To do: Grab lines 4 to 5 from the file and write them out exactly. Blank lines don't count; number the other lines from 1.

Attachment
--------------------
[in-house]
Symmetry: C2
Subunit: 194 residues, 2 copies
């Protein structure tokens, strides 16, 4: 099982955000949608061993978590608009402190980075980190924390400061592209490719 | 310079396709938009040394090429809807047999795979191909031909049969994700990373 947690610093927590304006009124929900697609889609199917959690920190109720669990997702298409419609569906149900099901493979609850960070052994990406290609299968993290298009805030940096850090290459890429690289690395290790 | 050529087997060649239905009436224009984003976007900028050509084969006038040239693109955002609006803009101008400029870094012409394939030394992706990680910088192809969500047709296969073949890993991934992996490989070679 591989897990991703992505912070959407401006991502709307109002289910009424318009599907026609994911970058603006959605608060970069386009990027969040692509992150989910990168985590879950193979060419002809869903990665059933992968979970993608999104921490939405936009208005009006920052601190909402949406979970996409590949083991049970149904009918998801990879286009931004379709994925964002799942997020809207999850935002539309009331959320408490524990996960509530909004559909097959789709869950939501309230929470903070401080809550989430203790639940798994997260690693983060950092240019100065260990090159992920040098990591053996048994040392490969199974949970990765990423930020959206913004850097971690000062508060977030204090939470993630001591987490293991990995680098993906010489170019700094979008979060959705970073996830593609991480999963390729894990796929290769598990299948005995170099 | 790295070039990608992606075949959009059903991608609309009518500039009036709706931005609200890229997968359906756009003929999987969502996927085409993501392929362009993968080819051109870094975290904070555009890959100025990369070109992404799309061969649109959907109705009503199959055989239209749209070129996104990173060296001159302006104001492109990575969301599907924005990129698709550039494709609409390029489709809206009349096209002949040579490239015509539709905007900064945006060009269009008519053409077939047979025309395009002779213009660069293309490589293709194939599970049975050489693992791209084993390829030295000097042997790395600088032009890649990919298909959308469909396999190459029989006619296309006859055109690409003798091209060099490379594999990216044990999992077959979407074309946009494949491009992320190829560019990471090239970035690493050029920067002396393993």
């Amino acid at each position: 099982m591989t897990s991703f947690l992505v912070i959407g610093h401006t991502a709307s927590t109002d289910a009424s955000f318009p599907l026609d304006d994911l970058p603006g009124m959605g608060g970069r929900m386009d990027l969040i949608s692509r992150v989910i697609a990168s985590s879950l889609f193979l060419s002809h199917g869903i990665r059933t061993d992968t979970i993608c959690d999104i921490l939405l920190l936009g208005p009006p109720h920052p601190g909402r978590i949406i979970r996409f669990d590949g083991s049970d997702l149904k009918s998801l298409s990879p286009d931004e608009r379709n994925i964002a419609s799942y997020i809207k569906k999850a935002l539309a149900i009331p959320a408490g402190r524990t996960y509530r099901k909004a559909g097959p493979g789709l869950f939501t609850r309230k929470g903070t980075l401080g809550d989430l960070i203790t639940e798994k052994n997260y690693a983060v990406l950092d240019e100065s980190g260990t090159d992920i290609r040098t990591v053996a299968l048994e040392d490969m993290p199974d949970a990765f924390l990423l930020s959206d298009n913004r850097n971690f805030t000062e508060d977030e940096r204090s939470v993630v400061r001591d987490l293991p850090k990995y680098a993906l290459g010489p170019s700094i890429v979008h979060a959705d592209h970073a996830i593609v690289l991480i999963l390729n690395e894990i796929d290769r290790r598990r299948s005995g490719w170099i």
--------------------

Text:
């Protein structure tokens, strides 16, 4: 099982955000949608061993978590608009402190980075980190924390400061592209490719 | 310079396709938009040394090429809807047999795979191909031909049969994700990373 947690610093927590304006009124929900697609889609199917959690920190109720669990997702298409419609569906149900099901493979609850960070052994990406290609299968993290298009805030940096850090290459890429690289690395290790 | 050529087997060649239905009436224009984003976007900028050509084969006038040239693109955002609006803009101008400029870094012409394939030394992706990680910088192809969500047709296969073949890993991934992996490989070679 591989897990991703992505912070959407401006991502709307109002289910009424318009599907026609994911970058603006959605608060970069386009990027969040692509992150989910990168985590879950193979060419002809869903990665059933992968979970993608999104921490939405936009208005009006920052601190909402949406979970996409590949083991049970149904009918998801990879286009931004379709994925964002799942997020809207999850935002539309009331959320408490524990996960509530909004559909097959789709869950939501309230929470903070401080809550989430203790639940798994997260690693983060950092240019100065260990090159992920040098990591053996048994040392490969199974949970990765990423930020959206913004850097971690000062508060977030204090939470993630001591987490293991990995680098993906010489170019700094979008979060959705970073996830593609991480999963390729894990796929290769598990299948005995170099 | 790295070039990608992606075949959009059903991608609309009518500039009036709706931005609200890229997968359906756009003929999987969502996927085409993501392929362009993968080819051109870094975290904070555009890959100025990369070109992404799309061969649109959907109705009503199959055989239209749209070129996104990173060296001159302006104001492109990575969301599907924005990129698709550039494709609409390029489709809206009349096209002949040579490239015509539709905007900064945006060009269009008519053409077939047979025309395009002779213009660069293309490589293709194939599970049975050489693992791209084993390829030295000097042997790395600088032009890649990919298909959308469909396999190459029989006619296309006859055109690409003798091209060099490379594999990216044990999992077959979407074309946009494949491009992320190829560019990471090239970035690493050029920067002396393993």
């Amino acid at each position: 099982m591989t897990s991703f947690l992505v912070i959407g610093h401006t991502a709307s927590t109002d289910a009424s955000f318009p599907l026609d304006d994911l970058p603006g009124m959605g608060g970069r929900m386009d990027l969040i949608s692509r992150v989910i697609a990168s985590s879950l889609f193979l060419s002809h199917g869903i990665r059933t061993d992968t979970i993608c959690d999104i921490l939405l920190l936009g208005p009006p109720h920052p601190g909402r978590i949406i979970r996409f669990d590949g083991s049970d997702l149904k009918s998801l298409s990879p286009d931004e608009r379709n994925i964002a419609s799942y997020i809207k569906k999850a935002l539309a149900i009331p959320a408490g402190r524990t996960y509530r099901k909004a559909g097959p493979g789709l869950f939501t609850r309230k929470g903070t980075l401080g809550d989430l960070i203790t639940e798994k052994n997260y690693a983060v990406l950092d240019e100065s980190g260990t090159d992920i290609r040098t990591v053996a299968l048994e040392d490969m993290p199974d949970a990765f924390l990423l930020s959206d298009n913004r850097n971690f805030t000062e508060d977030e940096r204090s939470v993630v400061r001591d987490l293991p850090k990995y680098a993906l290459g010489p170019s700094i890429v979008h979060a959705d592209h970073a996830i593609v690289l991480i999963l390729n690395e894990i796929d290769r290790r598990r299948s005995g490719w170099i």